THE SECOND ANALOGY (CONTINUED)
DOI link for THE SECOND ANALOGY (CONTINUED)
THE SECOND ANALOGY (CONTINUED) book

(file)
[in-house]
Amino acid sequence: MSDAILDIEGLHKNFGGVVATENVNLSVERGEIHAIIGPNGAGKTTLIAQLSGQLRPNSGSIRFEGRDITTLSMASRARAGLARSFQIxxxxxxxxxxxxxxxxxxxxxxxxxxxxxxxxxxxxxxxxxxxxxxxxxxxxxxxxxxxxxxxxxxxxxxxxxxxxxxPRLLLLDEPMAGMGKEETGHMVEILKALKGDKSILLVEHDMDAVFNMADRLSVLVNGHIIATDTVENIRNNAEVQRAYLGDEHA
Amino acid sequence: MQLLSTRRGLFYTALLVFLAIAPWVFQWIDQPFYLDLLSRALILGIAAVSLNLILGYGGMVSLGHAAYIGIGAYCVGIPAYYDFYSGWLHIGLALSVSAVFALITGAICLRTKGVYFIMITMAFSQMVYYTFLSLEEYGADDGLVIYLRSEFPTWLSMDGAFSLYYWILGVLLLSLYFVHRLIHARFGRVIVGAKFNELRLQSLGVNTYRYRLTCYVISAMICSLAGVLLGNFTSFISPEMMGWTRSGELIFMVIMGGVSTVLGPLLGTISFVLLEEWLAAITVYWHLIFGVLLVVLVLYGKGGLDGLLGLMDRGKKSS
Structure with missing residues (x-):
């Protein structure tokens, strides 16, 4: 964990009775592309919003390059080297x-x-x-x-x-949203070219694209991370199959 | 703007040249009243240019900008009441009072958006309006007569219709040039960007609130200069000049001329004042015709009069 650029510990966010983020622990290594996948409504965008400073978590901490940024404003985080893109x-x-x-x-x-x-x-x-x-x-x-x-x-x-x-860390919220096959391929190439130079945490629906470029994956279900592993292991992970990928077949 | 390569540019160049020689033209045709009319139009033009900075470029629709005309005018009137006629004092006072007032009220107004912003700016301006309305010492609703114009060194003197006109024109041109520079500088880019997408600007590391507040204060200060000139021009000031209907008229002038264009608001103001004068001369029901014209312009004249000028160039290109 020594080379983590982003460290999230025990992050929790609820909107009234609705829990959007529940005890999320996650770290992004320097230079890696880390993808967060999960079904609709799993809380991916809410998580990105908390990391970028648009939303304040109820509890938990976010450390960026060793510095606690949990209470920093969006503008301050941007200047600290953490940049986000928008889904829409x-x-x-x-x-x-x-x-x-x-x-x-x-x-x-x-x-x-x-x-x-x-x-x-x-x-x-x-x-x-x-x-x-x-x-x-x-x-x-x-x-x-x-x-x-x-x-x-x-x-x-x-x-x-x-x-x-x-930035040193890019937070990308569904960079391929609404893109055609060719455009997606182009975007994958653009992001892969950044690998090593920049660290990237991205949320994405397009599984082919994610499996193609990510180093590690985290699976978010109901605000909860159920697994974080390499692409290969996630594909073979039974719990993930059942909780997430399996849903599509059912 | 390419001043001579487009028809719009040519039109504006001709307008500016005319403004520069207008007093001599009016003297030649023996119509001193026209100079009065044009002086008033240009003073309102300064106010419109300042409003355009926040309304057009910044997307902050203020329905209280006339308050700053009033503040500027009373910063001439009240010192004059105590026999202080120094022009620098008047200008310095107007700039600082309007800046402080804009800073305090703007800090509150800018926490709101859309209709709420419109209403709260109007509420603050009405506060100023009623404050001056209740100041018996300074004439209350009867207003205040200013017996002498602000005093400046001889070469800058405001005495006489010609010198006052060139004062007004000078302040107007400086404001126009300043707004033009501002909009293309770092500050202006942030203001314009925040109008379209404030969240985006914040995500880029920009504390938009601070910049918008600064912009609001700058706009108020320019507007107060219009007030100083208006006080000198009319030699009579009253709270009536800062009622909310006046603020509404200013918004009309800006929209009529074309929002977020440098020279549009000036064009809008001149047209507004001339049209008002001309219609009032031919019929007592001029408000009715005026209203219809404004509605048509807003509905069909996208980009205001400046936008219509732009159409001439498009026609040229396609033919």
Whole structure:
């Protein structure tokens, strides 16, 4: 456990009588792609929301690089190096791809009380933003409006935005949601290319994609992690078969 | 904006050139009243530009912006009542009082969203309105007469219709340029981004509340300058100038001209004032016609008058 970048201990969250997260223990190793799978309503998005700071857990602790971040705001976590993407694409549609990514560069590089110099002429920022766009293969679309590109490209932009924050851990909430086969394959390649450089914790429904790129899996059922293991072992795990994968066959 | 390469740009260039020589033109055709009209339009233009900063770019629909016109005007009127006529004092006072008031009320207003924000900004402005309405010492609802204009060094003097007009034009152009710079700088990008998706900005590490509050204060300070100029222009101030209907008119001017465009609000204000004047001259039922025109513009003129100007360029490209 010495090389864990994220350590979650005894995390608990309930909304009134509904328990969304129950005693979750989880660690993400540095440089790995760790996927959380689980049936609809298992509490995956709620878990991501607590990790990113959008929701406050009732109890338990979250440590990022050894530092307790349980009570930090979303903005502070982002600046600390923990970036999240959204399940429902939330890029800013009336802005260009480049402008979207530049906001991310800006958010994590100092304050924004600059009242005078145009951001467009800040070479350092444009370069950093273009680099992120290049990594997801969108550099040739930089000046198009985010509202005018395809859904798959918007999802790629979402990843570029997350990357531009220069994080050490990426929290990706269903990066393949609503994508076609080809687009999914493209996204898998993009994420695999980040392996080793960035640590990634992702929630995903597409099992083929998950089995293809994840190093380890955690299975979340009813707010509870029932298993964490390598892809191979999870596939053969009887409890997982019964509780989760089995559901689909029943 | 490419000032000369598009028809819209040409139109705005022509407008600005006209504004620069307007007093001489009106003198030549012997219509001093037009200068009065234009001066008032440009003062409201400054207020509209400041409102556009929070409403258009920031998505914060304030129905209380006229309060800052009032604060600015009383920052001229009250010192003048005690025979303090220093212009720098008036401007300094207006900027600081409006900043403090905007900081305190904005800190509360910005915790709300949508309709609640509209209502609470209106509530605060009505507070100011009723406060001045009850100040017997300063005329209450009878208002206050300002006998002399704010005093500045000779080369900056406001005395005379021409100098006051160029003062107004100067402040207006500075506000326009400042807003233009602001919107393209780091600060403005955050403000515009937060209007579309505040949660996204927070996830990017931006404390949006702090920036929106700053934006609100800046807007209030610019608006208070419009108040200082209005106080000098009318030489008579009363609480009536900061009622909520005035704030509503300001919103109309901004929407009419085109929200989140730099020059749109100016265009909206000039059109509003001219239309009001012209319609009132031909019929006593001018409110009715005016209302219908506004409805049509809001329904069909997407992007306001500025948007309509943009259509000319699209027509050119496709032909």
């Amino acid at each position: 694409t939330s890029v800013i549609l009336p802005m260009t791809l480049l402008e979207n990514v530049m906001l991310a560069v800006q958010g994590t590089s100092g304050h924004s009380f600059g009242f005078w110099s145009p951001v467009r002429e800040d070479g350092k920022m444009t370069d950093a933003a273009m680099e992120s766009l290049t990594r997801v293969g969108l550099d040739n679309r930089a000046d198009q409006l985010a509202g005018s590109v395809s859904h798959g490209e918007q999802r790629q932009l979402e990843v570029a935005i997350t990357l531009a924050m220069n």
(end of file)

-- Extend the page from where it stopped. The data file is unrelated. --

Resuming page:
The philosophy of Kant is always to be conceived as empirical realism and transcendental idealism. These two main aspects of his doctrine are so closely inter-related that neither is intelligible apart from the other; and feels and wills in time and of permanent physical bodies which interact in space. The synthesis of imagination as so determined is transcendental. The unity of thought, without which there could be no experience, demands that the given manifold, whatever it may be, must be combined by the transcendental synthesis of imagination in one space and time. That is to say, in abstraction from all sensibility they cannot be applied to any alleged object. Perhaps it would be better to say concepts of the pure form. Kant reinforces his conclusion by referring to the doctrine of the transcendental schema, a doctrine which lies at the root of all his arguments throughout this chapter. They have no transcendental use. A transcendental use is in itself impossible.